North Hagerstown awards 254 diplomas

June 14, 2003|by SCOTT BUTKI

By graduating as valedictorian of North Hagerstown High School, Helen M. Barnhart achieved a long-time goal and dream, she said during a ceremony Friday in which 254 students received diplomas.

In order to go far with her professional plans, Barnhart said, she strove to be at the top of her class.

"Standing among you now, I can say my dream has been realized," she said.

In her remarks on the theme of "dare to dream," Barnhart encouraged her classmates to dream and do all they can to achieve their dreams. When one loses the power to dream, one loses the power to grow, she said.


Later in the ceremony, principal Robert T. "Bo" Myers announced another way in which Barnhart will have an opportunity to grow: She has been appointed to the U.S. Naval Academy.

Myers said the graduates have learned many lessons during their time in school, including the importance of hard work, being present and paying attention to details. If they continue to remember those lessons they should go far, he said.

An estimated 1,500 people attended the ceremony, with a standing-room-only crowd in the school auditorium and about 100 people watching a video telecast of the event in the cafeteria.

When graduating student Donald Davis crossed the stage, his grandmother, Shirley Davis, shouted, "Go for it, Donny!"

She then went into the cafeteria, where her daughter was watching, rolled her wheelchair to the big-screen television broadcasting the event and shouted: "We did it, Donny!"

"This is my first grandson to graduate," a grinning Davis said later. "I am so proud of him."

Salutatorian Adam M.A. Hote spoke on the theme of "be a first-rate version of you."

In preparing his remarks, he thought about how since so much in life seems to change so fast one needs something stable to hold on to, he said. Some say the solution is to hold onto your family but they, too, will change, he said.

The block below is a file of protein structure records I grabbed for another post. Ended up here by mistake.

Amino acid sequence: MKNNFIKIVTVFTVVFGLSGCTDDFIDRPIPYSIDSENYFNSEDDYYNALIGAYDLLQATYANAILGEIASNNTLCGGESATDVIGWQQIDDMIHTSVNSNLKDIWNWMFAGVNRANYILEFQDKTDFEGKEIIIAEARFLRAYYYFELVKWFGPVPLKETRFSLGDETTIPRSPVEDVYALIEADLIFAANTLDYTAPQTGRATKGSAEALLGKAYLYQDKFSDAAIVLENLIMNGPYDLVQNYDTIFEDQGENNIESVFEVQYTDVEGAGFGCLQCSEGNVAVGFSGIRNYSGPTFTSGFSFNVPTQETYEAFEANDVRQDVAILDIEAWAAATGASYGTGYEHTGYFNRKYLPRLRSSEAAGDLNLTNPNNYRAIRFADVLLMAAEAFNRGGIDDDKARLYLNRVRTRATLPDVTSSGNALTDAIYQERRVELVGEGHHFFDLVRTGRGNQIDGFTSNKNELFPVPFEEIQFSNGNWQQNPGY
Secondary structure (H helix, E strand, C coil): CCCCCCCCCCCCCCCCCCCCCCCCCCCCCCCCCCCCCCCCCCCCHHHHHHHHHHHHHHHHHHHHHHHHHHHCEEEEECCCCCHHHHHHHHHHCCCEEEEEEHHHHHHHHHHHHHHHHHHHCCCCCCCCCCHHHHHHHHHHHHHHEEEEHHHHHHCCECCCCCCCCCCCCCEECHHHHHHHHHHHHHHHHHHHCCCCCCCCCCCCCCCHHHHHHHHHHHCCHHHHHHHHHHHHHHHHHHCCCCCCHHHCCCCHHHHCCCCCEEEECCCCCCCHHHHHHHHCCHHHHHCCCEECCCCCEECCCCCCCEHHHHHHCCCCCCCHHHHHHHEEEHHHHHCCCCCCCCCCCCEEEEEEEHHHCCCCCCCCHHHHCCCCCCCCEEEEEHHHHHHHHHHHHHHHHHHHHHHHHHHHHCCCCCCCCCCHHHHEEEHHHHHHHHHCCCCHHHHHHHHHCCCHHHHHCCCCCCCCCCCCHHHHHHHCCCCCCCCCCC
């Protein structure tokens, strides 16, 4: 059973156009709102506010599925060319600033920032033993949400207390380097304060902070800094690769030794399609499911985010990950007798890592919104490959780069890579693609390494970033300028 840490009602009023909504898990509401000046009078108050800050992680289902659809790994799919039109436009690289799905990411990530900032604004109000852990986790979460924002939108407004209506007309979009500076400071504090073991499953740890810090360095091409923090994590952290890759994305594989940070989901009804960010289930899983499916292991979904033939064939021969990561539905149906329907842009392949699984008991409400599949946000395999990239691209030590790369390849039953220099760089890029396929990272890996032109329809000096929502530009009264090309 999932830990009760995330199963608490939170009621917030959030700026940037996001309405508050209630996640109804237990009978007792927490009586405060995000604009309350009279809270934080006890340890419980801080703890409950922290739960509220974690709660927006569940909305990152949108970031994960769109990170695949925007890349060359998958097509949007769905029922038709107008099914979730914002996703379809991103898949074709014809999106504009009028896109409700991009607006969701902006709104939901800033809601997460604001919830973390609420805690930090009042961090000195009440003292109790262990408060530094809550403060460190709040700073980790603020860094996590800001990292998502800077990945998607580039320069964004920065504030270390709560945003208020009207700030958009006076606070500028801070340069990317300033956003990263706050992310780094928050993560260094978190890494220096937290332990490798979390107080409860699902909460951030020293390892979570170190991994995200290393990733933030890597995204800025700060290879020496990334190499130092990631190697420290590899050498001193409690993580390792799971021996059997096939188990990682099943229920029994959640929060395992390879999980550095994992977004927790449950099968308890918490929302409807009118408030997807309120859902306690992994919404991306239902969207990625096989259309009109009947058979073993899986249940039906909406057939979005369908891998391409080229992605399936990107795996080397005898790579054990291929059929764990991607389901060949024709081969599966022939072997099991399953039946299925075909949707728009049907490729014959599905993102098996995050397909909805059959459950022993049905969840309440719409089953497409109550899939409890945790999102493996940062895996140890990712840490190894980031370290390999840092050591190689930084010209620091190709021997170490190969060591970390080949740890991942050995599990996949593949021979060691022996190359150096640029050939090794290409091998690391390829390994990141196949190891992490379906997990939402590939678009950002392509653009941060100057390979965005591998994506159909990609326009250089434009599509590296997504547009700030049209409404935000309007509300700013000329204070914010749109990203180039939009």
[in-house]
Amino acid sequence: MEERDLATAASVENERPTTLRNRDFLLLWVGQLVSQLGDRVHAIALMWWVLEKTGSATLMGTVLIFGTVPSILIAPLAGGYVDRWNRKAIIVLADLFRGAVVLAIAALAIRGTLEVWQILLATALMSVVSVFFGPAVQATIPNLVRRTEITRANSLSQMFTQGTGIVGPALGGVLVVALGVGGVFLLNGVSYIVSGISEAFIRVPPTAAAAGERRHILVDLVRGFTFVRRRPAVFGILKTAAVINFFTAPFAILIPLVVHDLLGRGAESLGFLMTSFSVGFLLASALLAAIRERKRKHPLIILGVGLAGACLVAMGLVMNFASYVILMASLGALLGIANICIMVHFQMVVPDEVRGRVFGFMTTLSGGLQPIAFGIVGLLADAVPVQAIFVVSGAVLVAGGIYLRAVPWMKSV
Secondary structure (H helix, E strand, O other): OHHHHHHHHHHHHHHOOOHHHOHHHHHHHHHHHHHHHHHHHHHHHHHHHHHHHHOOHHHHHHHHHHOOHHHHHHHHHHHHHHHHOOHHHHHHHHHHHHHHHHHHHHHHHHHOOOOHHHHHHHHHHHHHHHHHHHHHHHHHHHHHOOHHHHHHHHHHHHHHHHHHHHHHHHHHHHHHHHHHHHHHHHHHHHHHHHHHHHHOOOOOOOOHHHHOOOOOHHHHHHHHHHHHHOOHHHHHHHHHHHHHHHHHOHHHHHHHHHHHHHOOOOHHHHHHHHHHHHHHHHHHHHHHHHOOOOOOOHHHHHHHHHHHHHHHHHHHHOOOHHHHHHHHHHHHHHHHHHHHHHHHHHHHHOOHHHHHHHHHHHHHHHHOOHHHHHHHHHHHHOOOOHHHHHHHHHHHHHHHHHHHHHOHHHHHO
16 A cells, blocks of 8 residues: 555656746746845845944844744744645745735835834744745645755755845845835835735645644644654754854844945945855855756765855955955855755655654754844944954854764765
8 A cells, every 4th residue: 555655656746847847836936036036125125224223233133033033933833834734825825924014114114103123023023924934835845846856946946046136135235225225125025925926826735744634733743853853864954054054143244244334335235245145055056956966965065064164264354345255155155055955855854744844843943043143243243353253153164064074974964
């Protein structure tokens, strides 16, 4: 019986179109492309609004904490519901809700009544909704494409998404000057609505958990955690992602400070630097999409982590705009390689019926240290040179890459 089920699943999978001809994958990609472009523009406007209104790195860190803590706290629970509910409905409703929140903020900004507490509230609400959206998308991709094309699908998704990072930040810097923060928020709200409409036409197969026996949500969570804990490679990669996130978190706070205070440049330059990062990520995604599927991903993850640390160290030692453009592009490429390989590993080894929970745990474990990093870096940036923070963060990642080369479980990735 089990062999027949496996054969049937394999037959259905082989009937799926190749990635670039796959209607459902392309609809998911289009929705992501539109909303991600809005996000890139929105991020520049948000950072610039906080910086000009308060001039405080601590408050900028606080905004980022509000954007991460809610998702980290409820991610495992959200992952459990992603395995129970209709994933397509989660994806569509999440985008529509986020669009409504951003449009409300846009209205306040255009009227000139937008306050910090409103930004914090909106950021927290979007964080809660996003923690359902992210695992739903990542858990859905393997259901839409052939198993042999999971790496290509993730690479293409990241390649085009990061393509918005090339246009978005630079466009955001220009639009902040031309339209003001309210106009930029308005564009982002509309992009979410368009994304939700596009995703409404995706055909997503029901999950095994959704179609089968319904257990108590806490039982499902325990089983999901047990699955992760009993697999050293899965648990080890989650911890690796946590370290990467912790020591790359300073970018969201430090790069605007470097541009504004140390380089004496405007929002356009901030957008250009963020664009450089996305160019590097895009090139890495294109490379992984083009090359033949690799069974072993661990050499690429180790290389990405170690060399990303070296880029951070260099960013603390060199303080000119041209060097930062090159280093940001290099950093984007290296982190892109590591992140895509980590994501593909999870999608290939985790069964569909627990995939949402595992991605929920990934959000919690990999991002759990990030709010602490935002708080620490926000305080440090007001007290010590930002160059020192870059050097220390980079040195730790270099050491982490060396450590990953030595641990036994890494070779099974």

"What can you hold onto?" Hote asked. "Yourself."

"That is right, I am here to tell you that individuality is essential," he said.

There is an irony in the context, Hote said, noting that he is speaking about individuality on a stage with identically dressed men and women.

Many worry about becoming popular, by the way they look or act or the kind of car they drive, he said. But he challenged the graduates to think about who they really are and who they want to be.

Who will you take into the new journey into post-high school life, he asked, the real you, or the person you think the world wants to see. Choose the former, Hote said.

Success is not getting the nicest job or the fanciest car, he said.

"Success is being able to like who you are," he said.

The students of the class have been offered $2.1 million in scholarships and grants, counselor John P. Gest said.

During the ceremony, Laura J. Douglas, president of the Student Government Association, announced that the association and the student class are buying a new, permanent message board for the school on Pennsylvania Avenue.

Before the ceremony, four students stood near a fan in the gym, trying to remain cool before the event.

Jeffrey Hartle said he has mixed emotions about graduation, and his friends made similar remarks.

"I am kind of sad and kind of glad. I will miss some of the students and classes," he said.

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